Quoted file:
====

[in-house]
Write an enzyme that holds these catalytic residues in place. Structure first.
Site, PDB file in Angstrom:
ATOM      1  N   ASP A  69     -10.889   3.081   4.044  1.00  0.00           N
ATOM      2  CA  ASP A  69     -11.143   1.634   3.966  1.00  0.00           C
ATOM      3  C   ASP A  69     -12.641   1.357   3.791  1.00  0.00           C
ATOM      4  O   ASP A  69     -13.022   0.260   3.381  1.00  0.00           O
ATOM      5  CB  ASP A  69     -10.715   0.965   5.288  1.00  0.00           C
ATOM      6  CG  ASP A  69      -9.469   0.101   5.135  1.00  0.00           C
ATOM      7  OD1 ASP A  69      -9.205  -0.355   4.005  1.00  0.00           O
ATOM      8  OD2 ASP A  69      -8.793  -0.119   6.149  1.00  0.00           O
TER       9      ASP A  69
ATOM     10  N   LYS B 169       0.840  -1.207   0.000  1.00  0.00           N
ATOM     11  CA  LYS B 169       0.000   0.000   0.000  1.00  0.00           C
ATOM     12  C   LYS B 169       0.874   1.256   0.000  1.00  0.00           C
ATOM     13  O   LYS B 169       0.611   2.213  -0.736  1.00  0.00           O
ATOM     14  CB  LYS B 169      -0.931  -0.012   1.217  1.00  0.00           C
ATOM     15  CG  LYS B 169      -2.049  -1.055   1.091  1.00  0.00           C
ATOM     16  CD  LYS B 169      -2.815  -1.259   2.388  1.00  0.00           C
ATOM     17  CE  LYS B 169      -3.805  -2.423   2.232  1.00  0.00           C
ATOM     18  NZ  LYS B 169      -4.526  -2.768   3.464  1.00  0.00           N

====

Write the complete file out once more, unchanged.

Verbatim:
[in-house]
Write an enzyme that holds these catalytic residues in place. Structure first.
Site, PDB file in Angstrom:
ATOM      1  N   ASP A  69     -10.889   3.081   4.044  1.00  0.00           N
ATOM      2  CA  ASP A  69     -11.143   1.634   3.966  1.00  0.00           C
ATOM      3  C   ASP A  69     -12.641   1.357   3.791  1.00  0.00           C
ATOM      4  O   ASP A  69     -13.022   0.260   3.381  1.00  0.00           O
ATOM      5  CB  ASP A  69     -10.715   0.965   5.288  1.00  0.00           C
ATOM      6  CG  ASP A  69      -9.469   0.101   5.135  1.00  0.00           C
ATOM      7  OD1 ASP A  69      -9.205  -0.355   4.005  1.00  0.00           O
ATOM      8  OD2 ASP A  69      -8.793  -0.119   6.149  1.00  0.00           O
TER       9      ASP A  69
ATOM     10  N   LYS B 169       0.840  -1.207   0.000  1.00  0.00           N
ATOM     11  CA  LYS B 169       0.000   0.000   0.000  1.00  0.00           C
ATOM     12  C   LYS B 169       0.874   1.256   0.000  1.00  0.00           C
ATOM     13  O   LYS B 169       0.611   2.213  -0.736  1.00  0.00           O
ATOM     14  CB  LYS B 169      -0.931  -0.012   1.217  1.00  0.00           C
ATOM     15  CG  LYS B 169      -2.049  -1.055   1.091  1.00  0.00           C
ATOM     16  CD  LYS B 169      -2.815  -1.259   2.388  1.00  0.00           C
ATOM     17  CE  LYS B 169      -3.805  -2.423   2.232  1.00  0.00           C
ATOM     18  NZ  LYS B 169      -4.526  -2.768   3.464  1.00  0.00           N